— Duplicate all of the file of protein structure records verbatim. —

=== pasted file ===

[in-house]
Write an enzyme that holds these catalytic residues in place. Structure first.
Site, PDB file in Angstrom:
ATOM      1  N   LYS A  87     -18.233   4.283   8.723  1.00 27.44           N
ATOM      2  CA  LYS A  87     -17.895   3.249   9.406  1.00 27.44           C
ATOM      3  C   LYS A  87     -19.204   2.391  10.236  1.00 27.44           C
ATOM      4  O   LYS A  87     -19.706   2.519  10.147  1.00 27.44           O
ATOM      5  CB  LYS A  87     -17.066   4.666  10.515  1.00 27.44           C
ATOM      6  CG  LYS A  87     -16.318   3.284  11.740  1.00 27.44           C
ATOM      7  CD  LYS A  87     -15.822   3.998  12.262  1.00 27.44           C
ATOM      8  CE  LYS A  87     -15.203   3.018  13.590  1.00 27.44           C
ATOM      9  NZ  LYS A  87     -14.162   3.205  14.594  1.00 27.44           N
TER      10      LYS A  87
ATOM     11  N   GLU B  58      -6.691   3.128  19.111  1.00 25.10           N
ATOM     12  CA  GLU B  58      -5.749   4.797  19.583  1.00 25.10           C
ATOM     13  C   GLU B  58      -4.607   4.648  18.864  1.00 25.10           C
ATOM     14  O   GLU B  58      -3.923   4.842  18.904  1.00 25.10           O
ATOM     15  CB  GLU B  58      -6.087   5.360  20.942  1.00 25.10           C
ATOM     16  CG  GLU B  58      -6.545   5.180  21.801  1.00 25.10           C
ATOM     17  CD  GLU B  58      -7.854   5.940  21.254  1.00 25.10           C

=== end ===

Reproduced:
[in-house]
Write an enzyme that holds these catalytic residues in place. Structure first.
Site, PDB file in Angstrom:
ATOM      1  N   LYS A  87     -18.233   4.283   8.723  1.00 27.44           N
ATOM      2  CA  LYS A  87     -17.895   3.249   9.406  1.00 27.44           C
ATOM      3  C   LYS A  87     -19.204   2.391  10.236  1.00 27.44           C
ATOM      4  O   LYS A  87     -19.706   2.519  10.147  1.00 27.44           O
ATOM      5  CB  LYS A  87     -17.066   4.666  10.515  1.00 27.44           C
ATOM      6  CG  LYS A  87     -16.318   3.284  11.740  1.00 27.44           C
ATOM      7  CD  LYS A  87     -15.822   3.998  12.262  1.00 27.44           C
ATOM      8  CE  LYS A  87     -15.203   3.018  13.590  1.00 27.44           C
ATOM      9  NZ  LYS A  87     -14.162   3.205  14.594  1.00 27.44           N
TER      10      LYS A  87
ATOM     11  N   GLU B  58      -6.691   3.128  19.111  1.00 25.10           N
ATOM     12  CA  GLU B  58      -5.749   4.797  19.583  1.00 25.10           C
ATOM     13  C   GLU B  58      -4.607   4.648  18.864  1.00 25.10           C
ATOM     14  O   GLU B  58      -3.923   4.842  18.904  1.00 25.10           O
ATOM     15  CB  GLU B  58      -6.087   5.360  20.942  1.00 25.10           C
ATOM     16  CG  GLU B  58      -6.545   5.180  21.801  1.00 25.10           C
ATOM     17  CD  GLU B  58      -7.854   5.940  21.254  1.00 25.10           C